Climate Progress is dedicated to providing the progressive perspective on climate science, climate solutions, and climate politics. It is a project of the Center for American Progress Action Fund, a nonprofit, nonpartisan organization.
For any first time visitors here because of Tom Friedman’s column in the Sunday New York Times, “Mother Nature’s Dow,” this post is intended as an introduction to Climate Progress. [I will blog later Sunday about the column itself.] Tom described me in an earlier column as
U.S. News & World Report features me in their April issue as one of five “key players” who are “Driving Public Policy in Washington,” writing:
In terms of his cachet in the blogosphere, Joe Romm is something like the climate change equivalent of economist (and New York Times columnist) Paul Krugman.
Rolling Stone has a list of 100 Agents of Change of which I’m #88. The RS tagline for me is “America’s fiercest climate-change activist-blogger lets it rip.”
And in 2008, TIME magazine named Climate Progress one of the “Top 15 Green Websites.”
I try to inform and entertain here — and be a one-stop-shop for anyone who wants the inside view on climate science, solutions, and politics. A key goal is to save readers’ time, save you from wading through the sea of irrelevant information — or outright disinformation — on climate and energy that pervades the media and blogosphere.
I write from what I call a climate realist perspective — the emerging scientific view that on our current greenhouse gas emissions path we will will destroy the livability of the climate for 1,000 years. Two posts that lay out that case are:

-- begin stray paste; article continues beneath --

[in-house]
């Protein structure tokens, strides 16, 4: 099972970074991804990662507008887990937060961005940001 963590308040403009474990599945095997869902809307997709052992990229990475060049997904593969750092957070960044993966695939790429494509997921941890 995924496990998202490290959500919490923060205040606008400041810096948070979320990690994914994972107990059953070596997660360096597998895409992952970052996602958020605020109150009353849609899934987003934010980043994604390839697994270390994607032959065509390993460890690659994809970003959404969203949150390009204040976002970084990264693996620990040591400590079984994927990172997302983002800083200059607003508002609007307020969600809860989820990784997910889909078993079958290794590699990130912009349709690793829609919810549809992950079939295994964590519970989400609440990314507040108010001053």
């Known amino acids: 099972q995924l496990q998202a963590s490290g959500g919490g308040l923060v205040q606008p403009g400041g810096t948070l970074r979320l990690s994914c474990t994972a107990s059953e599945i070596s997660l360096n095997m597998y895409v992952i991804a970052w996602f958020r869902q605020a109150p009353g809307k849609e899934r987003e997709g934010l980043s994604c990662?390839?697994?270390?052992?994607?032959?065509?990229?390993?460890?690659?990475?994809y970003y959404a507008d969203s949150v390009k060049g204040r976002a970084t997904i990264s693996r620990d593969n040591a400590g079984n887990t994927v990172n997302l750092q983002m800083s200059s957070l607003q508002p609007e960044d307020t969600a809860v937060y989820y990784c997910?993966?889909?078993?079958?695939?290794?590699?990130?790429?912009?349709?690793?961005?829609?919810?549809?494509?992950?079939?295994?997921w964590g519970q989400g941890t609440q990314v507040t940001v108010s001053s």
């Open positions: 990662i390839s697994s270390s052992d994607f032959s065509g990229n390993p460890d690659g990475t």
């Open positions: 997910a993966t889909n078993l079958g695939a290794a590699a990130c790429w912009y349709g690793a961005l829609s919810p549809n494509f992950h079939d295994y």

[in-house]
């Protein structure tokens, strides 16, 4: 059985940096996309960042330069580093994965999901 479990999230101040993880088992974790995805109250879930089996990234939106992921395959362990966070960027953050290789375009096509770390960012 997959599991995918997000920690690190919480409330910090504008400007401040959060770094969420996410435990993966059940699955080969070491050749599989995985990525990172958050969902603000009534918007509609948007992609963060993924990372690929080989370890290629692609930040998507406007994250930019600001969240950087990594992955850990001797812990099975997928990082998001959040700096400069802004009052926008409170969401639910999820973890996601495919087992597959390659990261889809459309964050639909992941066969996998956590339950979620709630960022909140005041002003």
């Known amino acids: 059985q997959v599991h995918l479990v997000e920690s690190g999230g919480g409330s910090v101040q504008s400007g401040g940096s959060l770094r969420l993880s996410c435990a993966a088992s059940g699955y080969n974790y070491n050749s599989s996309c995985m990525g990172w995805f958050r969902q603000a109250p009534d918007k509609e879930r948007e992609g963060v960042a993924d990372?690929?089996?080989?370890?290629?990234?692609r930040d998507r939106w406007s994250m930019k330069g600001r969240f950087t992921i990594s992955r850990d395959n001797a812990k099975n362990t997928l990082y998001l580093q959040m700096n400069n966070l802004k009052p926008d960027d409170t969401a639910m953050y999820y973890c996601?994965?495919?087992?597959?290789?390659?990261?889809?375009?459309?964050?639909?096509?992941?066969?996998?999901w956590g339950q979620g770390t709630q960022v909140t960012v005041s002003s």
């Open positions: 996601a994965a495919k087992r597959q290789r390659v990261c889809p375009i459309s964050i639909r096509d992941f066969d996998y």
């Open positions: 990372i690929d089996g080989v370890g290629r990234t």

- An introduction to global warming impacts: Hell and High Water
- NOAA stunner: Climate change “largely irreversible for 1000 years,” with permanent Dust Bowls in Southwest and around the globe
I also spend a lot of time describing the solution(s), having run the federal program that helps develop and deploy virtually all of the key technologies. Fundamentally we have most of the needed technology now (or soon will), and avoiding catastrophe requires only a very small fraction of the nation’s and world’s wealth — one tenth of a penny on the dollar:
- An introduction to the core climate solutions
- How the world can (and will) stabilize at 350 to 450 ppm: The full global warming solution
- McKinsey 2008 Research in Review: Stabilizing at 450 ppm has a net cost near zero.
- Must read IEA report, Part 1: Act now with clean energy or face 6°C warming. Cost is NOT high — media blows the story
And I also spend a lot of time keeping readers up on the politics of energy and climate action:
- George Stephanopoulos, Nate Silver, and Marc Ambinder all seem confused about global warming and budget politics
- Hill conservatives reject all 3 climate strategies and embrace Rush Limbaugh — what does that radicalism mean for Obama, progressives, and humanity?
- The first sustainable budget in U.S. history: Obama invests in clean energy, projects cap-and-trade revenue, seeks repeal of fossil industry subsidies
And then there is the offbeat stuff:
- Jack Bauer becomes first-ever carbon-neutral torturer as Rupert Murdoch says “Climate change poses clear, catastrophic threats”
- I just learned two shocking things
- How to be as persuasive as Abraham Lincoln, Part 1: Study the figures of speech and Shakespeare
Oh, and peak oil stuff:
- Normally staid International Energy Agency says oil will peak in 2020
- Merrill: Non-OPEC production has likely peaked, oil output could fall by 30 million bpd by 2015
And the media criticism:
- How the press bungles its coverage of climate economics — “The media’s decision to play the stenographer role helped opponents of climate action stifle progress
- CNN, ABC, WashPost, AP, blow Australian wildfire, drought, heatwave “Hell (and High Water) on Earth” story — never mention climate change
- Media enable denier spin 2: What if the MSM simply can’t cover humanity’s self-destruction?
And here’s my best written recent post:
Readers can offer their thoughts again if they like — but you can also check out the comments here from my last introductory post.
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